ROSWELL, Ga. — One of Roswell’s oldest construction projects is complete, just in time for school.
On July 31, Roswell and County officials celebrated the official completion of the Hardscrabble Green Loop in front of Roswell High School. The complete street project, which the city first envisioned in 1998, extends along a portion of Hardscrabble Road, from King to Etris Road. It’s part of the larger Roswell Loop, which will eventually connect all of the city’s parks and schools with sidewalks and trails.
The Hardscrabble Green Loop added a 10-foot multi-use path on the south side of the road, a 5-foot sidewalk on the north side of the road, and 4-foot bike lanes between King Road and Etris Road. Additionally, the project added bike shoulders and a sidewalk to Chaffin Road from Hardscrabble to Northgate Trace.
One of the biggest changes is the roundabout at the intersection of Hardscrabble Road and Chaffin Road. It replaced a traffic signal with no turn lanes.
“This new roundabout is a key part of the project that has a been a popular topic of conversation among transportation staff, motorists and residents,” said Director of Transportation Muhammad Rauf.
This is the seventh roundabout in the City of Roswell and brings the total number of traffic signals down from 103 to 100, Rauf said.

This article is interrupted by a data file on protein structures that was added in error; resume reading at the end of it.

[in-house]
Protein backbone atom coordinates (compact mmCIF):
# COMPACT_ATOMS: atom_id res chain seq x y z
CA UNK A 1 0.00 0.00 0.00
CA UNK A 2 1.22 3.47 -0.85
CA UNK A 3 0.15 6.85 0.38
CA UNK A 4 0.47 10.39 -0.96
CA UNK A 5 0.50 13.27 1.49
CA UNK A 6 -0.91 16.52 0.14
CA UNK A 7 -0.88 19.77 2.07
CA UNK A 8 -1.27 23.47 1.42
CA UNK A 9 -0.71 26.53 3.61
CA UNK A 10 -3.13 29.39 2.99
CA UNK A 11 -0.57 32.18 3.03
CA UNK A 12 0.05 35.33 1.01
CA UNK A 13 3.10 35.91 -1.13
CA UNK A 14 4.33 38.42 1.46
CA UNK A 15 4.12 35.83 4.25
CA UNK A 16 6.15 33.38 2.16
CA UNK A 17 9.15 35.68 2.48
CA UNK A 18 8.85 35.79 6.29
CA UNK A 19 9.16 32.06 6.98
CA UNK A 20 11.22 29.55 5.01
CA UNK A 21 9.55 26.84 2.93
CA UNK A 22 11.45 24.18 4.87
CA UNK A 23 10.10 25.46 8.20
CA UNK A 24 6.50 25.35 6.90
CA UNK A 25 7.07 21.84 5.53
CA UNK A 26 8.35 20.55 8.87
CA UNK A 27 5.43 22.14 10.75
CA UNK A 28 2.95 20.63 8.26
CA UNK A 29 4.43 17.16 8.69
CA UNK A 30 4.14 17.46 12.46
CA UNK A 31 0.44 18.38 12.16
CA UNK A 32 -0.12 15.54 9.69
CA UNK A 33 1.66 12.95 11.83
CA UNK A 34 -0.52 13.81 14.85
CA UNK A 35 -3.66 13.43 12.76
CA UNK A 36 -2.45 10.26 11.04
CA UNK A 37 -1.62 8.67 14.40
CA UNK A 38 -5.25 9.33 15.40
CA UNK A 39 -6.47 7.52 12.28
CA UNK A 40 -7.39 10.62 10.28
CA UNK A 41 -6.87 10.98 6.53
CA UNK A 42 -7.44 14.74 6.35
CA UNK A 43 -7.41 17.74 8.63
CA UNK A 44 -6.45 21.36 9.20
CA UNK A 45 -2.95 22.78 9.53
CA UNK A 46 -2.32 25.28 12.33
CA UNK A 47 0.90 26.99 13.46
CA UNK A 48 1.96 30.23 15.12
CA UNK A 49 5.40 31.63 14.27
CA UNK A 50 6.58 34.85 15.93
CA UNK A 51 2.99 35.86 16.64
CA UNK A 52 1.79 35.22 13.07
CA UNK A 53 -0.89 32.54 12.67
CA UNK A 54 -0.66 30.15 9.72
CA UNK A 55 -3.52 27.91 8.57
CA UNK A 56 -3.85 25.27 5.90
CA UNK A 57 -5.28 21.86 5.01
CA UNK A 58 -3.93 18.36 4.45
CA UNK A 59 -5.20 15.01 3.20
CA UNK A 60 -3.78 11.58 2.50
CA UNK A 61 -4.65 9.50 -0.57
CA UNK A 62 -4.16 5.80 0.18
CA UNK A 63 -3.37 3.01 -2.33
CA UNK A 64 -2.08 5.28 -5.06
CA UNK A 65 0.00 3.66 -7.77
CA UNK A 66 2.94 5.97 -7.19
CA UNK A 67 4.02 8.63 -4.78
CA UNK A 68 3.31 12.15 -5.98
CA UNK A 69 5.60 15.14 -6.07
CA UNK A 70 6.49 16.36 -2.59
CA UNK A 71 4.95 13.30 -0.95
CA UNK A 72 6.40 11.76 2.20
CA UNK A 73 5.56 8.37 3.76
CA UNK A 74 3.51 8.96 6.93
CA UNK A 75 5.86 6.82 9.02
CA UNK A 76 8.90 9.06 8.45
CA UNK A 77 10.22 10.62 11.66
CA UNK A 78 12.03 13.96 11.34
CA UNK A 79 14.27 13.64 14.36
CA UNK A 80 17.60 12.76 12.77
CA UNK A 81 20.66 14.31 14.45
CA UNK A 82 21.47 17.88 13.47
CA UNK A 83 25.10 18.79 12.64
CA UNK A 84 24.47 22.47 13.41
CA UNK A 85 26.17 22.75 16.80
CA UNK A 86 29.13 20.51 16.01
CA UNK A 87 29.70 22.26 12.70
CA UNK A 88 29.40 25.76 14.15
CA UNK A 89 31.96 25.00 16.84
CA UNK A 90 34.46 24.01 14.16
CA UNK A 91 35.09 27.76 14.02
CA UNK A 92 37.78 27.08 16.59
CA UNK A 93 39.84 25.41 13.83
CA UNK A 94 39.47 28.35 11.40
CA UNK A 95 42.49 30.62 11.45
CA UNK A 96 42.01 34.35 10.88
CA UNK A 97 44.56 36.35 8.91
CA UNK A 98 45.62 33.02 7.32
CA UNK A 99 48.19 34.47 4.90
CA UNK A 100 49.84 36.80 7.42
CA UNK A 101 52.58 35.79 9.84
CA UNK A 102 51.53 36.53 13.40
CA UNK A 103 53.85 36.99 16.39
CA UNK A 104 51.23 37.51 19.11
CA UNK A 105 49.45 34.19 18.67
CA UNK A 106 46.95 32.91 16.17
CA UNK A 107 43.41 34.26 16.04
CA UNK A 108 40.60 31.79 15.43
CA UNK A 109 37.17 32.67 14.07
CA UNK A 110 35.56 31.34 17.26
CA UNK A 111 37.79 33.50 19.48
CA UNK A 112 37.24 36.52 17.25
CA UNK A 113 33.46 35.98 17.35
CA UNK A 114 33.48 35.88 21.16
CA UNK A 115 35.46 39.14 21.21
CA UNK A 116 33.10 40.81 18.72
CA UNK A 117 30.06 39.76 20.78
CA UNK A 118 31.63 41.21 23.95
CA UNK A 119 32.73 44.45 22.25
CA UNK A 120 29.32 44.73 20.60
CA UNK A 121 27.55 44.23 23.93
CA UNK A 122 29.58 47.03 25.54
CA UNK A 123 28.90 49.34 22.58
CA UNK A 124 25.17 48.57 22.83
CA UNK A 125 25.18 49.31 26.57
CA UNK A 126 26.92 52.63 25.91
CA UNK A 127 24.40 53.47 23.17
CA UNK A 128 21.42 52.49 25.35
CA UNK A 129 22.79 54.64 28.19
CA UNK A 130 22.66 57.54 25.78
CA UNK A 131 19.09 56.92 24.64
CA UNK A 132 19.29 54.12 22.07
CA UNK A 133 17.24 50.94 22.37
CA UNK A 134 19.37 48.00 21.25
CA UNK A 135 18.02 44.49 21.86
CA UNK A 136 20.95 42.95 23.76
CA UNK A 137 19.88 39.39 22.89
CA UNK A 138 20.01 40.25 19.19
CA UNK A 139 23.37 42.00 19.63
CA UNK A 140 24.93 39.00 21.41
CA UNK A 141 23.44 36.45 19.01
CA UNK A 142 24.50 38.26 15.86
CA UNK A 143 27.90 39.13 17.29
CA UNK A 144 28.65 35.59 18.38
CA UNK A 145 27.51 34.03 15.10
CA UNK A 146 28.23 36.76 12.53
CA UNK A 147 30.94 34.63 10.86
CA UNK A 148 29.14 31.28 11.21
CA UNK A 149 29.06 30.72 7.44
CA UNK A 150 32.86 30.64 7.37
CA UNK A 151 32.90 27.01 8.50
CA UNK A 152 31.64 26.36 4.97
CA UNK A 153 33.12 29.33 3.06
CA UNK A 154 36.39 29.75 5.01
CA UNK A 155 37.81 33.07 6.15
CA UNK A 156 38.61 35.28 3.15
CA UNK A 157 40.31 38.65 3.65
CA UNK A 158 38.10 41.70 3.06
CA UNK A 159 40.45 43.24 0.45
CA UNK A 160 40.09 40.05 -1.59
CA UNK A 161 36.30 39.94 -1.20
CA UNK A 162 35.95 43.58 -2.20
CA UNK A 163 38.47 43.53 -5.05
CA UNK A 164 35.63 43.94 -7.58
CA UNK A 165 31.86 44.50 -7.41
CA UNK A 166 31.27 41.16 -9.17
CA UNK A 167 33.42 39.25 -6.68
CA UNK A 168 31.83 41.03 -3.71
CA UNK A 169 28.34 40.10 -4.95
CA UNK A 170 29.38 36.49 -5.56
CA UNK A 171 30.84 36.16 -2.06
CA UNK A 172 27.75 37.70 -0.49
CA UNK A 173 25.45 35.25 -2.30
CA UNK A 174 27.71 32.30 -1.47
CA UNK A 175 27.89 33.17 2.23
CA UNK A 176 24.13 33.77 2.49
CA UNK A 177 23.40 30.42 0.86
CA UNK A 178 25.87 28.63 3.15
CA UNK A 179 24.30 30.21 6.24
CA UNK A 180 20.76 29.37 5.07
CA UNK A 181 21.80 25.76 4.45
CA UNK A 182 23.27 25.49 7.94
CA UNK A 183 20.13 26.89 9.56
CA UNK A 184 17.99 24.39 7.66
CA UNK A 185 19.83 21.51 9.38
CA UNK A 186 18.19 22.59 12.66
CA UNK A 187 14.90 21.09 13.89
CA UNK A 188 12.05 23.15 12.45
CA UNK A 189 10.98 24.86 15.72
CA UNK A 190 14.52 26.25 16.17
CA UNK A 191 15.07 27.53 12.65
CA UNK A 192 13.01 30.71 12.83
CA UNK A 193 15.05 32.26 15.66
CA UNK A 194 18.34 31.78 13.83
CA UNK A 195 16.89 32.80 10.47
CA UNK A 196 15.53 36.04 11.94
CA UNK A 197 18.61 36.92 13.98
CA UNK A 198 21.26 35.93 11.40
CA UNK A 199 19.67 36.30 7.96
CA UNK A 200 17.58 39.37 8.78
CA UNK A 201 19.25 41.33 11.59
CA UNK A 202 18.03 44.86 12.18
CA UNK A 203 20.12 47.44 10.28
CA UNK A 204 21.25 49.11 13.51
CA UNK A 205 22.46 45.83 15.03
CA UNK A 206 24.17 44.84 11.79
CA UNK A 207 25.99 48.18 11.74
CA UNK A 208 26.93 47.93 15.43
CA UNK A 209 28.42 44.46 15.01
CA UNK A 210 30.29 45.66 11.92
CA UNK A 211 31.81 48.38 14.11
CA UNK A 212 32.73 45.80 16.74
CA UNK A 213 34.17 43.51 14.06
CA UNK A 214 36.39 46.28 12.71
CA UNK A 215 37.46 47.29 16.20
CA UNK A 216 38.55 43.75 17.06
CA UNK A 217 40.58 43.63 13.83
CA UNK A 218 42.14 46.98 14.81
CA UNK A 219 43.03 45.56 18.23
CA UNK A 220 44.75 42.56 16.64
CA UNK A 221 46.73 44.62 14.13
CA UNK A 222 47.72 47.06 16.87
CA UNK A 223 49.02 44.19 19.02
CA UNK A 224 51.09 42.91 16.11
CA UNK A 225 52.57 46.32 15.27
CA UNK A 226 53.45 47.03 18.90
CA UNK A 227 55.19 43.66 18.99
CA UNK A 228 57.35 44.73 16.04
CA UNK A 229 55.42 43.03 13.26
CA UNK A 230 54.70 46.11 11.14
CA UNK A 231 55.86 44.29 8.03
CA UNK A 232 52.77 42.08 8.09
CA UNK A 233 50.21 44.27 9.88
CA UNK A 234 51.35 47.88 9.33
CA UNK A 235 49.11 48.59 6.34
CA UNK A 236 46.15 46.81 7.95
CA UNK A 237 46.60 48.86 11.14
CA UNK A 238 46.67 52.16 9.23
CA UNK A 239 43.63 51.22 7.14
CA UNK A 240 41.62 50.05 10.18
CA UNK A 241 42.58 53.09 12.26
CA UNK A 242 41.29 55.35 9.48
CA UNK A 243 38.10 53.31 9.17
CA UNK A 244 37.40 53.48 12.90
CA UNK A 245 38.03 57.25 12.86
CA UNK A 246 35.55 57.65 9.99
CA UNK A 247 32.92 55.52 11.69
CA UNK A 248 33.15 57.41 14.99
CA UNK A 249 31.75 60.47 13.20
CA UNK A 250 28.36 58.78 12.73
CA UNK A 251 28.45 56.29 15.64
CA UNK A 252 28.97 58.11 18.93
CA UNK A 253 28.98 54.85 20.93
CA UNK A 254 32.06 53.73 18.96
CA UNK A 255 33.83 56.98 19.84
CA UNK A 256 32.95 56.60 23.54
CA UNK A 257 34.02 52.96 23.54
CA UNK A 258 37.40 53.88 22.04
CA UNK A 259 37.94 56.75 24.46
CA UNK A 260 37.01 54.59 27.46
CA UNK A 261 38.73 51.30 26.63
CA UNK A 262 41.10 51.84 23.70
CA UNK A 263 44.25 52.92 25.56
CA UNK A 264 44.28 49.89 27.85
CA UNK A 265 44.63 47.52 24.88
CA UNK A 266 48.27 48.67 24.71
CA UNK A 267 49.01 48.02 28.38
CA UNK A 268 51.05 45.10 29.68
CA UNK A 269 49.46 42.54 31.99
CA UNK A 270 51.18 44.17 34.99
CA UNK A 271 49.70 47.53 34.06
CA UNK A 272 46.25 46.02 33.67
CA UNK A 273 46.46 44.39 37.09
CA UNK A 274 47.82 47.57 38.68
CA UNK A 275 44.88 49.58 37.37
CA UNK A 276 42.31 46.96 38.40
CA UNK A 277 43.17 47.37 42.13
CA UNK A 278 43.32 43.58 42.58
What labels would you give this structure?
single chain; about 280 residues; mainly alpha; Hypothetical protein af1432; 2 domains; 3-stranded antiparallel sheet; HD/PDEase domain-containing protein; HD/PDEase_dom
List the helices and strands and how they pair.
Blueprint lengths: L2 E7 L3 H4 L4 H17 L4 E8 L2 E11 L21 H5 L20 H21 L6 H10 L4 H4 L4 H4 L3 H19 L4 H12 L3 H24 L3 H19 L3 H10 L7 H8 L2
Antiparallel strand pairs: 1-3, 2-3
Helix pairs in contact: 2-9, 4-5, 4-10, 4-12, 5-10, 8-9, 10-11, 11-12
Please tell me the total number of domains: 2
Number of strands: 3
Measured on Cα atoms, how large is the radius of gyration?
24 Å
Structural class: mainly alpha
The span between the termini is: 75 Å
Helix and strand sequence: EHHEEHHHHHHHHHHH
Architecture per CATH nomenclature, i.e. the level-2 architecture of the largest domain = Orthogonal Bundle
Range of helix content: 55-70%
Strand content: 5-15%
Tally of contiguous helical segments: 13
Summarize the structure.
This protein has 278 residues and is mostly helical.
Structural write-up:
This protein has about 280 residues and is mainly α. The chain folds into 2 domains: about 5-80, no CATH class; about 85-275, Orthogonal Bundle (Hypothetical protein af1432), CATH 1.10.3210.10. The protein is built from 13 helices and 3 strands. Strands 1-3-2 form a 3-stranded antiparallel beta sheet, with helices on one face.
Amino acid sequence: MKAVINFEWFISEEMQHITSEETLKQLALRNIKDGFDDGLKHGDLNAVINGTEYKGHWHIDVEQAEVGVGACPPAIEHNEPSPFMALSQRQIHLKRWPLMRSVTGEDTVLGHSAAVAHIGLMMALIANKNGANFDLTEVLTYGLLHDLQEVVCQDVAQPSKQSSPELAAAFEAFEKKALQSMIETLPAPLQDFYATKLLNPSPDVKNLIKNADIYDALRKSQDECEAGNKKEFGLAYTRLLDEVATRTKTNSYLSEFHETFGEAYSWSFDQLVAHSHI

Originally, the Hardscrabble roundabout was striped with two westbound lanes to accommodate traffic projections for the next 10 years. But after staff saw motorists struggling to navigate the striping and yield safely to traffic, they decided to restripe the lanes into one lane for safety, Rauf said.
“Staff expects the current striping to handle traffic demands for at least the next 5-10 years,” he said. “Staff is continuously evaluating all of the city’s roundabouts to improve safety and operations while still following best practices in the evolving industry of roundabouts.”
Construction for the Hardscrabble Green Loop began January 2018. The total project cost $7.2 million, including costs for engineering, right of way acquisition and construction. Of that total, $2.7 million was provided by local funding, $3.7 from GDOT and $800,000 from Fulton County.
“I know that it has been somewhat painful during the construction process, but I thank you all for your patience,” said Mayor Lori Henry. “All along, Steve Acenbrak [former director of transportation] kept saying to me, ‘This is painful, but when it’s done, people are going to love it.’ And that is exactly the case.”
Henry added that since the project is now complete, the Hardscrabble Green Loop will see more use.
“I know that as soon as school starts, so many more people are going to enjoy this,” Henry said. “The cycling community already does. The more roads we have like this, the more we get out and exercise and enjoy our community.”